Vignettes – Bev Hardy

Ace and I had been married less than a month when his mother’s health got worse. Grace had strongly disapproved of me 25 years before. She didn’t change her mind over the years. When she was in her 70’s she came to Calif. From Illinois to get a face lift. Her Doctor was in Beverly Hills, which she couldn’t change, but she refused to take an apartment in Beverly Hills, because that was my name. Needless to say we didn’t tell her when we married. She died 2 or 3 years later. Never having known. Ace was an only child. His father was dead. There was no question, Ace had to go back to Illinois to take care of his mother.

Johns heart cauterization had turned out well. For the first time in his life he was allowed to carry on all normal activities including gym class. Before our honeymoon I had never been farther north on Highway 101 than Rufugio State Beach. I thought this would be a great time to retrace our honeymoon trip with the kids. Ace thought I should have someone else who could drive in case of emergency. To keep Ace happy I asked Betsy Baker who was 19 and had a driver’s license to join us. She was one of 11 kids and her folks were happy to send her along. (This was a family wanted a Bakers dozen (13 – 2 adults, 11 kids) and could afford the 11 kids. Both were college graduates and he had made a small fortune inventing things used in the space industry.) So Betsy, John who was 16, Ann 12, and Barbara 10 and I headed North in our VW camper.

We didn’t spend any nights in Malibu – too expensive! I planned to have us stay at the Miramar in Santa Barbara. As we went through Ventura the kids wanted to show Betsy the “island”. We had had several fun filled Girl Scout camping trips there. It isn’t really an island but it seemed like it was. It is adjacent to the County Fair grounds, just North of it. At high tide the only way to get the cars, which are parked on the fairground side is over a railroad bridge. The North side has a fair size rive cutting off access. There are several trees, but no tables or rest rooms, so it is primitive camping. We waded over to the island, looking for a small sea horses that we usually found there and keeping our eyes out for interesting seashells. Then we saw the pelican. It just stood there, looking sad. It was skinny and bedraggled looking.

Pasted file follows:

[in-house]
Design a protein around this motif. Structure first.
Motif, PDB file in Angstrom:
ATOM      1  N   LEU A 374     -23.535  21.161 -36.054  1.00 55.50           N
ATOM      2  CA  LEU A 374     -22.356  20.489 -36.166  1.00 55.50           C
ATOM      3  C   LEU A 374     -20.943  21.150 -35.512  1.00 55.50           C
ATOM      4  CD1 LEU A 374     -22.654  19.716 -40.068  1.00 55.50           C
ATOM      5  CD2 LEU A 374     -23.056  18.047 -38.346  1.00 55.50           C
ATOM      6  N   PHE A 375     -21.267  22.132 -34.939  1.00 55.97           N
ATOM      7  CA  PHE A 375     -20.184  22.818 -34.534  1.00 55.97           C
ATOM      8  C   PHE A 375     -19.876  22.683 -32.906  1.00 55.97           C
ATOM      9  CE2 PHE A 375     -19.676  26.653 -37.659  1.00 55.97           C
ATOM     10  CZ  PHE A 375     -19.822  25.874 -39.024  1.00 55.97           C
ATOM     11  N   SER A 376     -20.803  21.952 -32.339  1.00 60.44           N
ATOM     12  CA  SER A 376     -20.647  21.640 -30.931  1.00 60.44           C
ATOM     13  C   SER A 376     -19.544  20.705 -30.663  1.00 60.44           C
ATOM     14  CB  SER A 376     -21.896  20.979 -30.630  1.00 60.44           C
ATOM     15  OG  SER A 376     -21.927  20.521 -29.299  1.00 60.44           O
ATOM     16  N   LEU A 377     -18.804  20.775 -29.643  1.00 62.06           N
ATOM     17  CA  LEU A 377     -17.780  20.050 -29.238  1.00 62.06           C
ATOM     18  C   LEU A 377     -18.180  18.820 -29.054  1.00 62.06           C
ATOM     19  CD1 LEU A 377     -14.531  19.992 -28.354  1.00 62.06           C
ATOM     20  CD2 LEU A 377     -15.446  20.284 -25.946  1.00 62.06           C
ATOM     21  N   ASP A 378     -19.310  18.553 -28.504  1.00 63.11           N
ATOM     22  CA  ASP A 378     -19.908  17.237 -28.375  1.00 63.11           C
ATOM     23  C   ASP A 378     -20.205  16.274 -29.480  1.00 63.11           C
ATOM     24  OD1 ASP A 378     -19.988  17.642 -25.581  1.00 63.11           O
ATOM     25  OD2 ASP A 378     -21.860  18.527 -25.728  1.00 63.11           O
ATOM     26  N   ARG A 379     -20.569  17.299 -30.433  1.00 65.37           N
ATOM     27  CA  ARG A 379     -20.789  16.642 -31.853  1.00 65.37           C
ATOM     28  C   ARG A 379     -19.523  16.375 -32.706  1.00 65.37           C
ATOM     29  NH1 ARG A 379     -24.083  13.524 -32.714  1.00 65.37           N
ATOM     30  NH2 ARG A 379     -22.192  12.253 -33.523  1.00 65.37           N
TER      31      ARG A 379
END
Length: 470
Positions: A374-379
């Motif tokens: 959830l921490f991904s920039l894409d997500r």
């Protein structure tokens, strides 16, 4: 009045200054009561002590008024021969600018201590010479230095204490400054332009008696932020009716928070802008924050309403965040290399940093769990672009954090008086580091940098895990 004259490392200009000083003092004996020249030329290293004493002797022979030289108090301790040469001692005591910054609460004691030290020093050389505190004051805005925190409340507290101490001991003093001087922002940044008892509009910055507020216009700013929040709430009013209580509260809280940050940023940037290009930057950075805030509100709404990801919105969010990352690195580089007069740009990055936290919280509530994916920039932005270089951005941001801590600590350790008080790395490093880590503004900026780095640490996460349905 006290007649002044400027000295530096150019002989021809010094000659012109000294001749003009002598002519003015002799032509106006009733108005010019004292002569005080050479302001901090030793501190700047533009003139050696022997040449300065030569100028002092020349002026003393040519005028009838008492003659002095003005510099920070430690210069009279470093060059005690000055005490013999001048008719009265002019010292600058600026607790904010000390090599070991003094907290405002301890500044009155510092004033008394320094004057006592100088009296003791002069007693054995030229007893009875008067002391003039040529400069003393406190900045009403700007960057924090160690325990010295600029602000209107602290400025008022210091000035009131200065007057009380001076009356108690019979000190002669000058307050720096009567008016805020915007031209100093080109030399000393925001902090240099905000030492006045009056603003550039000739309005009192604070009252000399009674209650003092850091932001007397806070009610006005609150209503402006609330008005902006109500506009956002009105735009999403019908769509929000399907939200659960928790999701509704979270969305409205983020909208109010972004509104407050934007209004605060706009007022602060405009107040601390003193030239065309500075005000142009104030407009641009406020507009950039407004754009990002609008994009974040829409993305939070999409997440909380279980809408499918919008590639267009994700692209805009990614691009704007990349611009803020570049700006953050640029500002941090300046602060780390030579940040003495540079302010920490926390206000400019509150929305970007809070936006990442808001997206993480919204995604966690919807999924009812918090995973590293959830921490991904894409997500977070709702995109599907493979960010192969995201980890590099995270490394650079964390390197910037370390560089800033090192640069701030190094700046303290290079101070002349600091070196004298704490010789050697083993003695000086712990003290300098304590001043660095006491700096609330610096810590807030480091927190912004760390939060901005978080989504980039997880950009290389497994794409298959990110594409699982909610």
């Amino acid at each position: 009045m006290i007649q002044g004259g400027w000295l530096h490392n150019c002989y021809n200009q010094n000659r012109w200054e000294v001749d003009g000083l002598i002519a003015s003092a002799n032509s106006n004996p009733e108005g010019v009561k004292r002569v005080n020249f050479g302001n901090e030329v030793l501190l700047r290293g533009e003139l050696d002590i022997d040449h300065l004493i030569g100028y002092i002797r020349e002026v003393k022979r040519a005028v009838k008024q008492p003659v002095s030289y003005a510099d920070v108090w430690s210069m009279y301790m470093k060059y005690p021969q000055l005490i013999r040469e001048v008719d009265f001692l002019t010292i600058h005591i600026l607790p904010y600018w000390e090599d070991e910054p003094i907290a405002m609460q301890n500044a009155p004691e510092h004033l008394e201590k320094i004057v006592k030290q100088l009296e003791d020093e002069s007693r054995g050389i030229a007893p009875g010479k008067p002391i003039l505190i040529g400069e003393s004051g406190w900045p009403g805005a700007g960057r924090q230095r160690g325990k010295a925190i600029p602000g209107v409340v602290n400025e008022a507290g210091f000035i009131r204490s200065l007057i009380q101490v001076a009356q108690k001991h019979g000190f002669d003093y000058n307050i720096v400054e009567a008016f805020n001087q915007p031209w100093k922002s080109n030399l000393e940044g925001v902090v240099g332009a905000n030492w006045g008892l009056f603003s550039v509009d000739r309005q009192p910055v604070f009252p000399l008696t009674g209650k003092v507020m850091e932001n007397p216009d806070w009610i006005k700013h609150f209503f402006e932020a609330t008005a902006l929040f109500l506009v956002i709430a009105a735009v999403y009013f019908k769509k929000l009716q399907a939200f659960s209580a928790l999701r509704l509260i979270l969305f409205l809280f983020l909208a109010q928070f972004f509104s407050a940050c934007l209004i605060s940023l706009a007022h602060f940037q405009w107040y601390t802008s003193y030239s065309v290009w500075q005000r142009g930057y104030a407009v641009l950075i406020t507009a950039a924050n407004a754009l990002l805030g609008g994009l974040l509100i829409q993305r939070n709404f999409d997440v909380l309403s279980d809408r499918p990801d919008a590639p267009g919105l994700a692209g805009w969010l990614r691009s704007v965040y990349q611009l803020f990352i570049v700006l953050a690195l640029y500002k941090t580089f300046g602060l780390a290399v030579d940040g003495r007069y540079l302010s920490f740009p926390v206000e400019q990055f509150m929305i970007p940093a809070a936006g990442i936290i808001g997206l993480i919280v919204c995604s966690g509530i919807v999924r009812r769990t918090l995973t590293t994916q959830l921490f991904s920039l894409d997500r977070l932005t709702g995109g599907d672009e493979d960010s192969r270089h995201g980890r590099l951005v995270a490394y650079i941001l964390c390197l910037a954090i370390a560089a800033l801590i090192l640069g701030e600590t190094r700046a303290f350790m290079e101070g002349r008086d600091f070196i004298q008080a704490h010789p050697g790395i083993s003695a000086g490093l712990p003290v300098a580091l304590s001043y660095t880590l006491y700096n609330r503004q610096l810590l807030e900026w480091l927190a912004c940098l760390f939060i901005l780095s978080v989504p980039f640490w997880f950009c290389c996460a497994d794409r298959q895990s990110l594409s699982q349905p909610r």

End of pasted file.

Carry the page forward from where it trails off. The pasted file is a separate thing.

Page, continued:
When we walked up to it, it made no effort to walk away. We soon discovered that someone had tied a cord around it’s neck, making it impossible for it to swallow. It was starving to death. We cut the cord and holding it in my arms I waded out into the ocean to let him get wet and see if he wouldn’t drink some water. (I learned later pelicans don’t drink water – they get the fluid they need from the fish they eat.) I dipped it’s beak in the water, lifted it’s head and stroked it’s neck. It seemed to swallow some, but maybe a little didn’t hurt it. Holding the pelican we waded back to the car. Betsy sat in the front passenger seat holding the pelican. We got some wild looks from pedestrians and other cars as we went in search of a fish store and a public phone, where I hoped to find some kid of listing for a bird rescue place. We found the fish store first, where we bought some medium size whole fish. I showed Betsy how to lift the birds beak up, put a fish in in mouth and message its neck to get it to swallow. So now we drove along with her feeding fish to the pelican while people gawked. We finally found a phone, but had a lot of trouble finding the bird rescuer, arranged to meet her in market parking lot, handed over the bird to someone who knew what to do and headed north to spend our first night at Mir-a-Mar in Santa Barbara.

The kids loved the Miramar. The sand cleaned up some from the oil spill, but even so I soon got adept at removing tar. There were tennis courts, swimming pools, a train to eat in, free popcorn, shuffle board and a small minature golf course. We found out we could rent a small cottage for only $35 to $45 a night and later had some wonderful birthday parties there.